These days, the music world keeps evolving at a dizzy pace. Yet it’s never been easier for pop songs to jump back and forth in time, thanks to the explosion of sound-blasting technologies. At any given moment, a song from anywhere in the past can jump out of nowhere to trigger your memories, ravage your emotions, destroy your sense of history and basically ruin your life. This is all excellent and terrifying. But how do these changes affect the weird majesty of pop music? How do these songs work as the soundtrack of our lives? Does this mean the space-time continuum will never ever get back together?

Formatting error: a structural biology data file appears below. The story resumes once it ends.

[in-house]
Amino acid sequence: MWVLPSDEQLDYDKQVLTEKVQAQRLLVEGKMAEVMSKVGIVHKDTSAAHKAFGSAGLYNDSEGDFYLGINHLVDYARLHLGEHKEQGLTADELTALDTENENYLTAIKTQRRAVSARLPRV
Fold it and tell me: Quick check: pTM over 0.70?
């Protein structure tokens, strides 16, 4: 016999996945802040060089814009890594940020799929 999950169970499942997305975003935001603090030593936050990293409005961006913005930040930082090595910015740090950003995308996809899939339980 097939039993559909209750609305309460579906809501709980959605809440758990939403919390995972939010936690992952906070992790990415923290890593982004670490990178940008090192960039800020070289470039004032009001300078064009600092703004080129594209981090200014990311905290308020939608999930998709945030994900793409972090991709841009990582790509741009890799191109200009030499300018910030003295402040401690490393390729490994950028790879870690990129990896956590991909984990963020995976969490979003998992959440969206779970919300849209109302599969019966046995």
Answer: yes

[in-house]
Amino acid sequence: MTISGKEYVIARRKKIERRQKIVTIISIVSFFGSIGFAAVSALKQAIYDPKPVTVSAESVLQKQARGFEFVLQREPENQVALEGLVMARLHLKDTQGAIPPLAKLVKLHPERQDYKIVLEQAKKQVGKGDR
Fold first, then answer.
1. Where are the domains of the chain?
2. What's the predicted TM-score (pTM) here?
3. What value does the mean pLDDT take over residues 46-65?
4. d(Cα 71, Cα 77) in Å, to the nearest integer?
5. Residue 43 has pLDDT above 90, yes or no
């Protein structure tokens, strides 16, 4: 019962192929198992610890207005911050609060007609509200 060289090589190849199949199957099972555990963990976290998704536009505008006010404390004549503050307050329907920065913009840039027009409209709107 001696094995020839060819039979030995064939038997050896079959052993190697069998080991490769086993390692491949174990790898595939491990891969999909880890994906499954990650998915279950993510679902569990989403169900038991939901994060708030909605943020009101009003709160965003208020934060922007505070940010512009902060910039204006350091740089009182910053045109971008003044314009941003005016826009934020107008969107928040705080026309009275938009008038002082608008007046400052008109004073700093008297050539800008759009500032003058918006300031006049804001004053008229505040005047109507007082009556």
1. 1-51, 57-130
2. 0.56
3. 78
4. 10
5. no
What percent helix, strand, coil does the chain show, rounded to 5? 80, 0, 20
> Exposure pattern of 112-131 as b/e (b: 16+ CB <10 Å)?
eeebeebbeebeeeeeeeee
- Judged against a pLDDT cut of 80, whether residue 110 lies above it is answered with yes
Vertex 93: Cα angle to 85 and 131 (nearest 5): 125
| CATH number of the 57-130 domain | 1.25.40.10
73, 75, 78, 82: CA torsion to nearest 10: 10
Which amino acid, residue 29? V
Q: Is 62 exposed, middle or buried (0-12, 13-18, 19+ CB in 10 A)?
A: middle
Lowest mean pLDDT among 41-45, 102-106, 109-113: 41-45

Rob Sheffield is the author of the acclaimed national best-sellers Love Is a Mix Tape and Talking to Girls about Duran Duran. He is a columnist for Rolling Stone, where he has been writing about music, TV, and pop culture since 1997. A music journalist for over 25 years, he often appears on VH1 and has also written for the New York Times, the Village Voice, Spin, Mojo, and many other publications. He lives in Brooklyn.